“[Fine art] gave me the freedom to visualize what I was seeing in my head, and most importantly, it didn’t limit me in any way like some types of photography do.” Her best selling products? The ones she puts the most time and effort in. “The style is usually double exposure.” Ivanova sells her work on platforms such as Art.com and Society6, and she also sells usage rights to some of her images. And unlike Souders, photography is not her full-time job.

“I chose [fine art photography] because I can create whatever I want when I want without worrying if the piece I’m working will sell or not. I chose to continue doing photography while having a primary job from which my income comes.”

In fact, photographer Evan Morris Cohen admits to doing no marketing whatsoever for his photography.

“If people find me I’m sure they were meaning to click on someone else and found me by accident,” he jokes. The fine art photographer, whose best-selling photos are of architecture featuring empty streets of New York City and the Brooklyn Bridge, says that photography chose him.

“For years I drifted in and out of photography. Some years back I started collecting and shooting vintage cameras, and I drifted back into photography—and I’ve stayed ever since.” Customers love his vintage-looking photos, which are aimed to look like they were taken years ago.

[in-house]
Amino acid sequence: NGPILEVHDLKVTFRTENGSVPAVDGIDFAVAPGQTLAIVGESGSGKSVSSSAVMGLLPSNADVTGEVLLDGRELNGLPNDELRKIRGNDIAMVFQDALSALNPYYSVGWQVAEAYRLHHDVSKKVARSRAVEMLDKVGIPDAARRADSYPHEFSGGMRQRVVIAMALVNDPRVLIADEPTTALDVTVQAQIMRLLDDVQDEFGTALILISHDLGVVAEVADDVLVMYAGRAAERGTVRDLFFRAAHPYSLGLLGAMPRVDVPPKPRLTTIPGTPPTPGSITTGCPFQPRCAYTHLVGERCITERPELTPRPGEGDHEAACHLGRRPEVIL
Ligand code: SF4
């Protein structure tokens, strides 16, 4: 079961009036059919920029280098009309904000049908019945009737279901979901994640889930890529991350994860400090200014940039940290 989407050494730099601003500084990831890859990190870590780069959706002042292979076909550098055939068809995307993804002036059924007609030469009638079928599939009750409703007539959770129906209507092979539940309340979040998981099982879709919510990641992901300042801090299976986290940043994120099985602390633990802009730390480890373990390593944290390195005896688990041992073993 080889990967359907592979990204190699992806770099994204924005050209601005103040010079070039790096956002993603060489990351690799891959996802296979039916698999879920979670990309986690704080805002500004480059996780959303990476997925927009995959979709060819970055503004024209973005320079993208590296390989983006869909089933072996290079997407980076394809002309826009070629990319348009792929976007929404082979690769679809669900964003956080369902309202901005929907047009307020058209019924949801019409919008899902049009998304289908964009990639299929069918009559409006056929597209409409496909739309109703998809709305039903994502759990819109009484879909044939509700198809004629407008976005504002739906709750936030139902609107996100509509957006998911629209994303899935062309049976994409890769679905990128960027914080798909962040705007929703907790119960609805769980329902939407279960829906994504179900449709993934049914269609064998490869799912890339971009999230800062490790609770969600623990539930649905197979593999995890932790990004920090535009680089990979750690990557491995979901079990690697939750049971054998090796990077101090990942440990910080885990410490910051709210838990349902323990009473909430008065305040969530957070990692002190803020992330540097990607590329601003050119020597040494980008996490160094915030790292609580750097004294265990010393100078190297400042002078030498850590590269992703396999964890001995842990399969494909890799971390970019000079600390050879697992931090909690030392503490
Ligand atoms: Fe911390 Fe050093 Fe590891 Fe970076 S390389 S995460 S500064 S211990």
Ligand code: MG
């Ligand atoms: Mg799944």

“It’s what happens when you shoot with 50- or 60-year-old film. You never know how it’s going to come out, or if it will even come out at all.”

So whether full- or part-time, these photographers all have one thing in common: they have a passion for creating their own images out in the wild, without relying on the confines of client work.

“I don’t shoot with a client in mind; I shoot the images that capture my imagination,” says Souders.

 

To view more of their work, visit Art.com.

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(ZenBlog) Zenfolio fine art marketing photographer photography professional photographer professional photography selling http://blog.zenfolio.com/blog/2014/11/photographer-s-corner-the-art-of-fine-art-photography Mon, 10 Nov 2014 17:00:00 GMT
Save 30% on High-Quality Prints http://blog.zenfolio.com/blog/2014/11/save-30-on-high-quality-prints

Show off your hard work by turning your photos into professional quality prints from Mpix, MpixPro, One Vision Imaging, PhotoBox, Nulab and NuShots, and save 30% through November 12.

As always, no coupon code is necessary when you order through your Zenfolio account. This sale ends November 12 at 11:59 p.m. PST, so be sure to place your orders today.

 

 

Important Details Regarding the Sale:

•   This sale will be effective from November 10, 2014 at 12:01 a.m. PST until November 12 at 11:59 p.m. PST only and cannot be extended to orders placed before or after this time frame.

•   This discount cannot be combined with other promotions.

•   The following vendors are participating in the promotion: Mpix, MpixPro, One Vision Imaging, PhotoBox, Nulab and NuShots.

•   For photographers placing orders from Edit View, the promotion requires no coupon code.